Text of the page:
The Scott Pruitt jokes came quick after his ouster from the EPA

Environmental Protection Agency (EPA) Administrator Scott Pruitt has resigned from his position amid a number of ethical questions and controversies he’s faced.

President Donald Trump announced Pruitt’s resignation on Twitter on Thursday afternoon, mirroring what he has done with other top administration officials like Rex Tillerson and David Shulkin.

The president said he would be replaced with Deputy EPA Administrator Andrew Wheeler.

“I have accepted the resignation of Scott Pruitt as the Administrator of the Environmental Protection Agency. Within the Agency Scott has done an outstanding job, and I will always be thankful to him for this. The Senate confirmed Deputy at EPA, Andrew Wheeler, will…” Trump wrote on Twitter. “..on Monday assume duties as the acting Administrator of the EPA. I have no doubt that Andy will continue on with our great and lasting EPA agenda. We have made tremendous progress and the future of the EPA is very bright!”

Pruitt has been involved in a number of controversies during his time as the head of the EPA. Democrats began calling for his resignation earlier this year.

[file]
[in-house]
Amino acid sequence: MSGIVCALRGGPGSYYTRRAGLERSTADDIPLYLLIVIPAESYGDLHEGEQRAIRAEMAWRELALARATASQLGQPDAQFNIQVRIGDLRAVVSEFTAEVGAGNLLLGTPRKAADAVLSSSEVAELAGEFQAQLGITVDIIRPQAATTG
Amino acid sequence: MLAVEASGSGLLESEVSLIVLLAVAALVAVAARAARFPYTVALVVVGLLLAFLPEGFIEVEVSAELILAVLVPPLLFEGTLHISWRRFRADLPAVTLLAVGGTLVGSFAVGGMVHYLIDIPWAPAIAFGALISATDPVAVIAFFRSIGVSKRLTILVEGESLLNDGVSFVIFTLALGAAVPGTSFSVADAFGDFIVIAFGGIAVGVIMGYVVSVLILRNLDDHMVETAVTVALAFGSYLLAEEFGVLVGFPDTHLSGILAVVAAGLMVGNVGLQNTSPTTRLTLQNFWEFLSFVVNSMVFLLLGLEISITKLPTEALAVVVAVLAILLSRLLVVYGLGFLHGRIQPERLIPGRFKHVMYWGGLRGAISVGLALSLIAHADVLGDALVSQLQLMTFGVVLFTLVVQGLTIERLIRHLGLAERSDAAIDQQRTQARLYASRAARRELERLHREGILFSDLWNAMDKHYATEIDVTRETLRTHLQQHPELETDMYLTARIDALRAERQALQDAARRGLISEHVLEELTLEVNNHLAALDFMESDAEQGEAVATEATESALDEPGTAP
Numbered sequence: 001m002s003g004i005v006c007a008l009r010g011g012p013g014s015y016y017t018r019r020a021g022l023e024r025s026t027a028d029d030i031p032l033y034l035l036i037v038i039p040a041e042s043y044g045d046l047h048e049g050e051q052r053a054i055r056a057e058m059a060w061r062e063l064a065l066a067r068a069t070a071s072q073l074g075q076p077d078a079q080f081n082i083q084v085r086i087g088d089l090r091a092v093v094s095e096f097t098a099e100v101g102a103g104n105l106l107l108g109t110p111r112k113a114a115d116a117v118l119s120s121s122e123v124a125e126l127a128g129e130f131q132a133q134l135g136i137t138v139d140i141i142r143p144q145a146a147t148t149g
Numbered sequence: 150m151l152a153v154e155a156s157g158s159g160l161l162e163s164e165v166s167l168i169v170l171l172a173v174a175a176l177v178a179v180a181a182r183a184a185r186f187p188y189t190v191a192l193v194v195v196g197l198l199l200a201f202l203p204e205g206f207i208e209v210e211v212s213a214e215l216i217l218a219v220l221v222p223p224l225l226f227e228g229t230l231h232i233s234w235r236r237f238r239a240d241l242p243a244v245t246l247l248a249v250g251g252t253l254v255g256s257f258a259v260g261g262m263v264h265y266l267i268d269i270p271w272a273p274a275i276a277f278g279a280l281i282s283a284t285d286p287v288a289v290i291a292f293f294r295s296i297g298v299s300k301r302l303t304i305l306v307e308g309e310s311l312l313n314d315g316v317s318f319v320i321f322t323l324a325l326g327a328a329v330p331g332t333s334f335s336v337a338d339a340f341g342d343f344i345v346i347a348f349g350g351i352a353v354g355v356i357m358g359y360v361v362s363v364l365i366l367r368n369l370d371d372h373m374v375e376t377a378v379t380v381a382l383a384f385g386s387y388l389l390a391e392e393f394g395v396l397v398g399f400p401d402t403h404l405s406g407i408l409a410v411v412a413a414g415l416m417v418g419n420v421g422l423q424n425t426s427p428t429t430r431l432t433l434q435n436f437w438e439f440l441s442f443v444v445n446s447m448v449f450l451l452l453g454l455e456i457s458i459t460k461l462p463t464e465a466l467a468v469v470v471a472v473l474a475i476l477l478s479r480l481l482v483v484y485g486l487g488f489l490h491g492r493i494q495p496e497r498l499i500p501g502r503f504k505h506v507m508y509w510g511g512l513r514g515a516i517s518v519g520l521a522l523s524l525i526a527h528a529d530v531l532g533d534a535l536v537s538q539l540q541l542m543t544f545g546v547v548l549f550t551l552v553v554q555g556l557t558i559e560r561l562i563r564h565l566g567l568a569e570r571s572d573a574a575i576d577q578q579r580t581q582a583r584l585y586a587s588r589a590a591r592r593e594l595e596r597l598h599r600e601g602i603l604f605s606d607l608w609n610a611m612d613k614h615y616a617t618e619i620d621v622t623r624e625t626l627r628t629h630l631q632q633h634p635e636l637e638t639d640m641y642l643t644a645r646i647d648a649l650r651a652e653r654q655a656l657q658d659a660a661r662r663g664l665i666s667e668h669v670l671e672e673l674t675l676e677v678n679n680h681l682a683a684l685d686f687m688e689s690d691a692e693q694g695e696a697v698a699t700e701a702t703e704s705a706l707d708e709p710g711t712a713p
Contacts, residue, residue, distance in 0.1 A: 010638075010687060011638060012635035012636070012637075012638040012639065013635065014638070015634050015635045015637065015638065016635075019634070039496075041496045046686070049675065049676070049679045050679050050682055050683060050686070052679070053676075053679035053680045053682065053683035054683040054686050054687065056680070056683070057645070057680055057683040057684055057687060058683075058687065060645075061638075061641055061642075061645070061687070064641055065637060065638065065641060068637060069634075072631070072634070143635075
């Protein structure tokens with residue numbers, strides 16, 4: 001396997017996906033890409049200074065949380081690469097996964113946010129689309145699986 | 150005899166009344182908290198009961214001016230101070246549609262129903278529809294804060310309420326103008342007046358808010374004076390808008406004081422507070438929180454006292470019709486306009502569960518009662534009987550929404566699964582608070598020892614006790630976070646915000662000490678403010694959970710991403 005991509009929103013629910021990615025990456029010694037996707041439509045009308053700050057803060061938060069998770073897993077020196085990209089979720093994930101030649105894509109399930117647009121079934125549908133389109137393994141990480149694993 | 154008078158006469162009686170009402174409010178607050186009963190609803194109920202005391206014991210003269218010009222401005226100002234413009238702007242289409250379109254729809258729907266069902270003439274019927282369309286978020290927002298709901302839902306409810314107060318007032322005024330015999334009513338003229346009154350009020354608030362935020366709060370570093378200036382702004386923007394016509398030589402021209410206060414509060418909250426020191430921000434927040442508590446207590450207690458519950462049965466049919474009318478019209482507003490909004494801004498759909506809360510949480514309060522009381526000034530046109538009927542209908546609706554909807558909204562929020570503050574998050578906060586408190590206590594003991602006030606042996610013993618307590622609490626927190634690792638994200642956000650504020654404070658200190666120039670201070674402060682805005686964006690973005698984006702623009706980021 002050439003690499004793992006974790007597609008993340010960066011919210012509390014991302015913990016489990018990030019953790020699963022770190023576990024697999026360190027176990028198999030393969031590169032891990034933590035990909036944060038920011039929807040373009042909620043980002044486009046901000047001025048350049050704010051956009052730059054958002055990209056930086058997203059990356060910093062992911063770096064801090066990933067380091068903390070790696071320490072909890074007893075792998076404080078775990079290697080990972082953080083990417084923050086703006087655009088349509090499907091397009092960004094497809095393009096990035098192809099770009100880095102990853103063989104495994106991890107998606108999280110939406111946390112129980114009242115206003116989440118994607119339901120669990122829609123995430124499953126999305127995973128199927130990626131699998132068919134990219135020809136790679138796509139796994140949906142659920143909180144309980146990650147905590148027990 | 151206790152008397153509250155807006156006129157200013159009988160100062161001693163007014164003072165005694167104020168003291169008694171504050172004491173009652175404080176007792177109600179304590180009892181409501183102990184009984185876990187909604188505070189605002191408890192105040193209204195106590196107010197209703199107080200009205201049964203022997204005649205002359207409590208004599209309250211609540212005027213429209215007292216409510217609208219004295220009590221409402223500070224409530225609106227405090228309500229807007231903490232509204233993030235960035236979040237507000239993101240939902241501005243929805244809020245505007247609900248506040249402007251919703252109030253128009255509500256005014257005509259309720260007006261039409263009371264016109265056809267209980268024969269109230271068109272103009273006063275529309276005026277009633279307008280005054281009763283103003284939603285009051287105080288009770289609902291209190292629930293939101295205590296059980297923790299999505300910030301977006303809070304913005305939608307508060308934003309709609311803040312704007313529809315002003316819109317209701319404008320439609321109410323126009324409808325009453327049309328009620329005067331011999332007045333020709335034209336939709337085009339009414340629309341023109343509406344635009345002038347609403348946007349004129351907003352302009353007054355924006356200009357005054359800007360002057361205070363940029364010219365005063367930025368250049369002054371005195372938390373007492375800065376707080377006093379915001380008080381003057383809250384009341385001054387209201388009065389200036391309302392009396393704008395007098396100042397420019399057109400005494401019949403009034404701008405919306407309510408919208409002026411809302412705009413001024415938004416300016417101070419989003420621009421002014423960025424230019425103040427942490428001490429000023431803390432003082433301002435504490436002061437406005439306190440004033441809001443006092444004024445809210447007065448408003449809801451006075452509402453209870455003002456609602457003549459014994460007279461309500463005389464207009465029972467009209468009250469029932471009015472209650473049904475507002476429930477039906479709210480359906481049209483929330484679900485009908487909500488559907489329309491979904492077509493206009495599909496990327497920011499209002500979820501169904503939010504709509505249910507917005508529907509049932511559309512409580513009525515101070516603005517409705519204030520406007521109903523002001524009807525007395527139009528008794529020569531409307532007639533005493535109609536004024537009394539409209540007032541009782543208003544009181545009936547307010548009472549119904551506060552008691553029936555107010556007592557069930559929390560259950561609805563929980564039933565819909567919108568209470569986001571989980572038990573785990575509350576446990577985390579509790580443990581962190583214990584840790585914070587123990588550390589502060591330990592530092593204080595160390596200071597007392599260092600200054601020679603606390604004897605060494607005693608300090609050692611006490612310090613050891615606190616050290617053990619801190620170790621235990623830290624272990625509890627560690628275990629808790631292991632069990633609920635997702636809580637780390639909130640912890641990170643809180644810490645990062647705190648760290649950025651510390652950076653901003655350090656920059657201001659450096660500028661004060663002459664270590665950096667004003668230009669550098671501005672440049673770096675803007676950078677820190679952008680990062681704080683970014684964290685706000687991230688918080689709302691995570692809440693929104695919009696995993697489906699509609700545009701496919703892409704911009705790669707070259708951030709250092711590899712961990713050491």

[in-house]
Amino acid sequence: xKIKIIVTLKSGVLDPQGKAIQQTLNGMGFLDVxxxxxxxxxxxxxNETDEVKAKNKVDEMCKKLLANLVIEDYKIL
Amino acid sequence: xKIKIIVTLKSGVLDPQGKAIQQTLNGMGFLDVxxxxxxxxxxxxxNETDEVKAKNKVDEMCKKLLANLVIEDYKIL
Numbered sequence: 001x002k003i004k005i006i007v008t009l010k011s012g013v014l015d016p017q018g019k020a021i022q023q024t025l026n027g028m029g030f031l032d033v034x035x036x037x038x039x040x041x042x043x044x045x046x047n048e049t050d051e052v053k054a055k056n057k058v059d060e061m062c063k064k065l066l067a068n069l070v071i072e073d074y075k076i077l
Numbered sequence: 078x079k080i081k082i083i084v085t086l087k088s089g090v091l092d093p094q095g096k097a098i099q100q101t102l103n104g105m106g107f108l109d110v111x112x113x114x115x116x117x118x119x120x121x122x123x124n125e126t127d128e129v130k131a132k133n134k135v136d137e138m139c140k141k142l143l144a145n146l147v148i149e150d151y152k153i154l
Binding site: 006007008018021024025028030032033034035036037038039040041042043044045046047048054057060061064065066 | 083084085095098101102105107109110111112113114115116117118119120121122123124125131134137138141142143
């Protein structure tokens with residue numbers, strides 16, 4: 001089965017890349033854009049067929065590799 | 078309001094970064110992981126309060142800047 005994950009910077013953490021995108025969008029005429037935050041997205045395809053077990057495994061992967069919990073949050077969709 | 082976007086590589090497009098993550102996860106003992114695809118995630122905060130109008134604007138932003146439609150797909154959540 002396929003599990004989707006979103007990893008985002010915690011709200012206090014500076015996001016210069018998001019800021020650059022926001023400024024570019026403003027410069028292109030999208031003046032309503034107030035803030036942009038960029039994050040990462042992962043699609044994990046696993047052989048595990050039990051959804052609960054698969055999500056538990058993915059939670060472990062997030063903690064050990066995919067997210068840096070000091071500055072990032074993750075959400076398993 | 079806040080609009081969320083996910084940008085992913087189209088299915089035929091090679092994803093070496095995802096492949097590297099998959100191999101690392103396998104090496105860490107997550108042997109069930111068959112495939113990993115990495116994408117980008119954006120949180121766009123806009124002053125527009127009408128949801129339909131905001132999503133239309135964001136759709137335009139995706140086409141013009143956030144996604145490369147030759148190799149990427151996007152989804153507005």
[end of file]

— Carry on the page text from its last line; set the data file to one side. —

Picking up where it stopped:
Most recently, congressional testimony showed the former EPA administrator asked an aide to help him procure a used Trump International Hotel mattress and had another aide try and help his wife get a Chick-fil-A franchise.

The former administrator—who was denounced by critics for being a climate change denier—was also questioned about his first-class air travel, having his office install a $43,000 soundproof booth, and his connection to a $50 per night condo in Washington D.C. he rented that was linked to an energy lobbying firm.

He was also one of several Trump administration officials who have been confronted by members of the public in recent weeks.

The news of Pruitt’s resignation was met with joy and mockery on Twitter.


Andrew Wyrich

Andrew Wyrich

Andrew Wyrich is a politics staff writer for the Daily Dot, covering the intersection of politics and the internet. Andrew has written for USA Today,, and other newspapers and websites. His work has been recognized by the Society of the Silurians, Investigative Reporters & Editors (IRE), and the Society of Professional Journalists (SPJ).